Bill Pullman plays villains and heroes, average Joes and presidents, as well as good men and troubled souls, seamlessly pivoting between these roles in projects like Spaceballs, While You Were Sleeping, Independence Day, Lost Highway, The Goat, 1600 Penn, The Sinner, and All My Sons. He also, after decades of usually being the star of projects, still occasionally tackles supporting roles. That’s the case with Halston, the Ryan Murphy-produced limited series – available now on Netflix — about the iconic fashion designer, who reigned in the 1970s. Ewan McGregor stars as Halston, joined by Krysta Rodriguez as his muse and most famous client, Liza Minnelli, and Pullman as David Mahoney, the businessman who backed Halston, helped him create the Halston empire, and served as something of a father figure to the brilliant and flamboyant, but deeply troubled designer. Fatherly caught up with the amiable, easygoing Pullman in Nova Scotia, where he’s shooting season four of The Sinner, to chat about Halston, The Sinner, his long career, and his thoughts about his son, Lewis, following him into acting.
You lived and worked in Manhattan in the 1980s. How aware of Halston were you? Did you ever cross paths?
I got there in ’81. At some point I lived on Avenue A, so I was up the street from Andy Warhol’s little pad at about A and Seventh, I think it was. We’d see parties, but I was basically living on dollar pizza slices and trying to find my way. So, we weren’t mixing it up at that time, but I’d heard about him. I knew about the pillbox hat for Jackie Kennedy. My mother had that (Halston perfume) bottle on her dresser. I can remember being haunted by seeing the shape. She never used the perfume. It was like it was there as an object. But to learn a lot about him and learn about David Mahoney was so interesting, to see that mixture of commerce and creativity the two of them had. Mahoney himself, there’s quite a bit on him. He wrote a book and was quite successful and iconic, as a guy who was a CEO and was interested in culture and wanted to be with people who were leading the edge in culture.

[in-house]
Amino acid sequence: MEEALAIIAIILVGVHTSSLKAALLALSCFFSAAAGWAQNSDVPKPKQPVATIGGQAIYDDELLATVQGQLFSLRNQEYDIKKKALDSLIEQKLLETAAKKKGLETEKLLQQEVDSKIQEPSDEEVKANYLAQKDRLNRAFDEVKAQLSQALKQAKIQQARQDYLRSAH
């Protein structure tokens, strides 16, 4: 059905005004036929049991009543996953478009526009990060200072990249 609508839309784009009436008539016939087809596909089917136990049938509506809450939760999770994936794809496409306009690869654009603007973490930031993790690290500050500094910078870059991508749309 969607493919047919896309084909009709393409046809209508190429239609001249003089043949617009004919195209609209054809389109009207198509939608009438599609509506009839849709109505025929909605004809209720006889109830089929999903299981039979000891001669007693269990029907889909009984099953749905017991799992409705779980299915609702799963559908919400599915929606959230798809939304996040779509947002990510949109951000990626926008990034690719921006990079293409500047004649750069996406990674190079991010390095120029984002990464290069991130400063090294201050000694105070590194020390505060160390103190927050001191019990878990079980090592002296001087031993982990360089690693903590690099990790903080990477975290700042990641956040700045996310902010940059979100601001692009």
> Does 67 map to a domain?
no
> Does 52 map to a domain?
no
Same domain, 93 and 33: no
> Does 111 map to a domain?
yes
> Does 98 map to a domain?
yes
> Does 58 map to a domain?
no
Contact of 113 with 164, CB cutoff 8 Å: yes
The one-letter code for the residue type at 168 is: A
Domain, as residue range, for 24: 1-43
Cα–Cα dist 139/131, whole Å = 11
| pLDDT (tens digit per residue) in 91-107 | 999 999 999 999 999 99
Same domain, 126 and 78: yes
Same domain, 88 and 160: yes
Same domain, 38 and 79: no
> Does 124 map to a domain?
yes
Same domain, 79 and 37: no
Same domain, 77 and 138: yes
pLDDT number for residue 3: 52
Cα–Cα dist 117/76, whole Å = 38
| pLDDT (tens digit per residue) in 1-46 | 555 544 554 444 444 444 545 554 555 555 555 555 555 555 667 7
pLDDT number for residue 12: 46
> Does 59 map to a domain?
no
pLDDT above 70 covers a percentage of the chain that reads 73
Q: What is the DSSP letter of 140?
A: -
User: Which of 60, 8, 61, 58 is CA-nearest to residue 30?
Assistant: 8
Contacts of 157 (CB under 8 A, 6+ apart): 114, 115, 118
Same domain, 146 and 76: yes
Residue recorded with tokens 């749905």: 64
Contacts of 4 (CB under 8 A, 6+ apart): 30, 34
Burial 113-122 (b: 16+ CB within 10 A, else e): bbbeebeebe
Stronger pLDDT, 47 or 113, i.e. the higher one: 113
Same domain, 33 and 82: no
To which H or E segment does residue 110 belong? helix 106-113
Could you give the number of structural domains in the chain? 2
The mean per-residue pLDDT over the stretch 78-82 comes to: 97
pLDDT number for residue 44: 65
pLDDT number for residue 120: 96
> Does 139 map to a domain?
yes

How much of a father figure do you feel Mahoney was to Halston?
He did have this very genuine, I think, a compulsion to protect Halston. There was creativity he saw, and he thought, “I can do this. This is what I know how to do. I am a CEO, a big conglomerate, and I don’t think of myself as the captain of the ship that needs attention all the time. I think of myself as here to get those people that I’ve chosen to work with to function the best they can.” So, it reminded me of Psychology Today Magazine. It was all about what motivates people. It was the first time I can remember it in a mass, cultural way. How does the human mind work? How do we work to have people self-actualize all those terms? He was really, I think, doing that. I don’t know how well he did it for his own children, but he certainly did it for Halston.
What impressed you most about McGregor’s performance as Halston?
I don’t think this whole thing would work if people don’t relate to Halston. Somehow, through all that wild extravagant behavior, there’s a soul in there that you empathize with. That’s all Ewan. You can see why people wanted to be around Halston. He made people want to live a little larger. I think Ewan did a great job with that, too.
You’ve played the lead in dozens of shows and movies. This is called Halston, not Mahoney. How easy or difficult, especially at this stage in your career, is it to not have the focus on you and not have your character as fully developed?